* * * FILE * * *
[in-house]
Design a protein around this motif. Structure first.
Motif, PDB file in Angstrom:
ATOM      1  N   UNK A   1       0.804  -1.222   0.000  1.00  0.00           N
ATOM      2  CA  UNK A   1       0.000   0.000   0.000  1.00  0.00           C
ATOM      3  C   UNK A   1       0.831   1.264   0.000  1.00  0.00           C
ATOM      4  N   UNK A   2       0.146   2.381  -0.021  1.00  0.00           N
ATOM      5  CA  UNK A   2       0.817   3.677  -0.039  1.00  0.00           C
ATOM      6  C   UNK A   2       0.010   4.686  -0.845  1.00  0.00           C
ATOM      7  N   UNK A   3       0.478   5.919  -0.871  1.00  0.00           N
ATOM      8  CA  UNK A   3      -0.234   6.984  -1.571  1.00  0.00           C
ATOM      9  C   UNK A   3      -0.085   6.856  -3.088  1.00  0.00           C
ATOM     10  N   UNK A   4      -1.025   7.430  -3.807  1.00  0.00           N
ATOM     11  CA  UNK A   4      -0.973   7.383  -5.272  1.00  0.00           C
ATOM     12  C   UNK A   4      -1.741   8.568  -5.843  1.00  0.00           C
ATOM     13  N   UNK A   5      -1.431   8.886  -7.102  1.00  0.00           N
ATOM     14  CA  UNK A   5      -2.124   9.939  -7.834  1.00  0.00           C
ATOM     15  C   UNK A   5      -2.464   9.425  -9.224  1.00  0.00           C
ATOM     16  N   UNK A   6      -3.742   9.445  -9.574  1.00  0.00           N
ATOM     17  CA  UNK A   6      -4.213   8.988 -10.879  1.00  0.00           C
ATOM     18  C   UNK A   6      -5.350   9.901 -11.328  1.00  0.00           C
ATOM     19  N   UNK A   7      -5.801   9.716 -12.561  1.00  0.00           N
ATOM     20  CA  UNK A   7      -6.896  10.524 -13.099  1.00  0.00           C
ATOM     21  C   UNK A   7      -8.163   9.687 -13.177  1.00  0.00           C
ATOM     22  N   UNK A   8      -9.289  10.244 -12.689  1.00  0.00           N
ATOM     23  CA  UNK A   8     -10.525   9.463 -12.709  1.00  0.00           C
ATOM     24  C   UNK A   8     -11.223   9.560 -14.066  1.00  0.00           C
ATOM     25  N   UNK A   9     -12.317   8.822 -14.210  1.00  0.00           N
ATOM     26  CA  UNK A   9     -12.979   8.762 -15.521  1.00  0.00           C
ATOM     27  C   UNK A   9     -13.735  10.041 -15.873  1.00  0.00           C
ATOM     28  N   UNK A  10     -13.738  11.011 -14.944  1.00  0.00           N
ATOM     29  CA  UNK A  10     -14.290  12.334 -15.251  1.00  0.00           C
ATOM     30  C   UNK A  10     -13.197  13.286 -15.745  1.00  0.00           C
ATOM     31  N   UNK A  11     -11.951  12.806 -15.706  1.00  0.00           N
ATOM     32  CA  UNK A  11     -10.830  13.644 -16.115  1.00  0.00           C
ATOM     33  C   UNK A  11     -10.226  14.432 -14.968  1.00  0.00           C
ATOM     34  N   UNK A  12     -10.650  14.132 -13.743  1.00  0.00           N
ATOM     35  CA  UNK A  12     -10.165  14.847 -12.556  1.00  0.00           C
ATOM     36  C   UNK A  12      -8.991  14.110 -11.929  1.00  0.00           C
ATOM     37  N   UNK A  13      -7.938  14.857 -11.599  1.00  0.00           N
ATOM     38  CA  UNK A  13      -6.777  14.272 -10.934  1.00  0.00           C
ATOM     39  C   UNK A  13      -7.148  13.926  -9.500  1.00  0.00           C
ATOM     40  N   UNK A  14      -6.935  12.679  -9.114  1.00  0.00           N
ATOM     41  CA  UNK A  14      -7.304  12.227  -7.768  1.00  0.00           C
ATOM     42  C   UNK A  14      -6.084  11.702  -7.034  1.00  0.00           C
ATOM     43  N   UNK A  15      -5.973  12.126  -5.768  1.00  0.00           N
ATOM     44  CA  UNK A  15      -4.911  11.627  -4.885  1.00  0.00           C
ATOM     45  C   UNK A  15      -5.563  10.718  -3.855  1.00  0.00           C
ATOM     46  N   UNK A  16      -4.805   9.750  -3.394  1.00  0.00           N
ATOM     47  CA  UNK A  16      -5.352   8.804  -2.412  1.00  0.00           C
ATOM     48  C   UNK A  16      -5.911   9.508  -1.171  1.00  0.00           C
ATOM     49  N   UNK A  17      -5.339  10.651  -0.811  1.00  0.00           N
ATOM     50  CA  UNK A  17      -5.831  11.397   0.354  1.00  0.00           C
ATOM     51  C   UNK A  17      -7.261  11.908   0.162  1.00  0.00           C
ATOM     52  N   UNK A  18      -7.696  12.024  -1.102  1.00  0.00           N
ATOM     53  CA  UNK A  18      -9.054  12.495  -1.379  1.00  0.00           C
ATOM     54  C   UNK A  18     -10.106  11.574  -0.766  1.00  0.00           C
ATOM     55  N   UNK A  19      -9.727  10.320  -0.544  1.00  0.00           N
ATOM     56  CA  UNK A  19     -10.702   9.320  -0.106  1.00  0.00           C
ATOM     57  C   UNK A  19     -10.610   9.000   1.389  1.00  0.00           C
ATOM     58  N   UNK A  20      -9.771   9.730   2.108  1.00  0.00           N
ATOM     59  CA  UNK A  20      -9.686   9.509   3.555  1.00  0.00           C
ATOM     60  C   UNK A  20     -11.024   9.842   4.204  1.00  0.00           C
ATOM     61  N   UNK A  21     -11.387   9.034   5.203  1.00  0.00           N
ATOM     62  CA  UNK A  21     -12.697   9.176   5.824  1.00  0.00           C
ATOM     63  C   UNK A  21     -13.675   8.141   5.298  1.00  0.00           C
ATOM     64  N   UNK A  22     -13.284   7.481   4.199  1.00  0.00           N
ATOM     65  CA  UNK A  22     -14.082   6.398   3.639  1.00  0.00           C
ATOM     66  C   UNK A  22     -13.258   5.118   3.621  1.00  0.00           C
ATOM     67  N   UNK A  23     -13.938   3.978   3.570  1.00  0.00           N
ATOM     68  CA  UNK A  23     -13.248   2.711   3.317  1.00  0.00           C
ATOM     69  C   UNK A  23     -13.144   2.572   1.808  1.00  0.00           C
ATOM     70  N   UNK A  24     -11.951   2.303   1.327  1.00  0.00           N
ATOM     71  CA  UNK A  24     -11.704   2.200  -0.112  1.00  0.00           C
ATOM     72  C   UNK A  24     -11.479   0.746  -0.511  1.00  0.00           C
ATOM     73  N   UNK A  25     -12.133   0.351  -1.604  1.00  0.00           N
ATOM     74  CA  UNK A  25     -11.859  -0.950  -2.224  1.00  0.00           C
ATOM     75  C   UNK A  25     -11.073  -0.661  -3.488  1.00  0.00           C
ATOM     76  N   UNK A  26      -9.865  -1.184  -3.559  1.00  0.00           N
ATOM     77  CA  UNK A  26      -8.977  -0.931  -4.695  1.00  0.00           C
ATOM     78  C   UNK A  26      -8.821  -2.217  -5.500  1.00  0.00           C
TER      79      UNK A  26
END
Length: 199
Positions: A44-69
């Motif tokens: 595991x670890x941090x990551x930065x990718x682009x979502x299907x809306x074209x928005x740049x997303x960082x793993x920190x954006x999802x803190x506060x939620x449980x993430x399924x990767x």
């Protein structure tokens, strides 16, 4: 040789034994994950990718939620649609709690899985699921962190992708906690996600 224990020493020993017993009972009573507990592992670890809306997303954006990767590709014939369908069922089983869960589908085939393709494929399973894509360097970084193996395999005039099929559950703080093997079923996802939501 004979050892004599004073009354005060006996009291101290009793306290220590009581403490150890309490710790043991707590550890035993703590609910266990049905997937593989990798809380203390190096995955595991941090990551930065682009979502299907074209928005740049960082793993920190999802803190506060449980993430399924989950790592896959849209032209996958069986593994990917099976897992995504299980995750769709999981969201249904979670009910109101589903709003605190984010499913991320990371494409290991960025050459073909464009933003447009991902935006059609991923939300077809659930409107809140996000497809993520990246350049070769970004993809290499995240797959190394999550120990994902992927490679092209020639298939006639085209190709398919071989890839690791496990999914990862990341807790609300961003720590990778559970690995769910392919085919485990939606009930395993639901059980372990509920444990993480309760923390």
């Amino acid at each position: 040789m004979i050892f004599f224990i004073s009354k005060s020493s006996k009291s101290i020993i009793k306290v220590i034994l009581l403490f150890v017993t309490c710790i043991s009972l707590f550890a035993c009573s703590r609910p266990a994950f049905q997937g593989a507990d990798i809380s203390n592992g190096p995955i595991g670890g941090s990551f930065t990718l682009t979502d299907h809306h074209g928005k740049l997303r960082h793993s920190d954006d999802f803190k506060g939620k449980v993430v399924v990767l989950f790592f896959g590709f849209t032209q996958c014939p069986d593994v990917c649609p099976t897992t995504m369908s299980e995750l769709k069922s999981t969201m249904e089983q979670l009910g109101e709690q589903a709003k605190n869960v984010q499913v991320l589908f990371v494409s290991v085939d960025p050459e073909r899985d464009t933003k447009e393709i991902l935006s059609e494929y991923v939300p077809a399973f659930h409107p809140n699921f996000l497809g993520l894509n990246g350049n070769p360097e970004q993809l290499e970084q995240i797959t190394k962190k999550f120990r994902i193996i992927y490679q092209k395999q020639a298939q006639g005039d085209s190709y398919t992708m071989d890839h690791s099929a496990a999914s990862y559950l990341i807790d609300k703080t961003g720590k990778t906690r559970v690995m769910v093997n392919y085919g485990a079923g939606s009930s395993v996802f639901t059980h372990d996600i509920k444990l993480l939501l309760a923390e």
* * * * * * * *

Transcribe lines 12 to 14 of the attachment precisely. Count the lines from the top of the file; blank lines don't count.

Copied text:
ATOM      9  C   UNK A   3      -0.085   6.856  -3.088  1.00  0.00           C
ATOM     10  N   UNK A   4      -1.025   7.430  -3.807  1.00  0.00           N
ATOM     11  CA  UNK A   4      -0.973   7.383  -5.272  1.00  0.00           C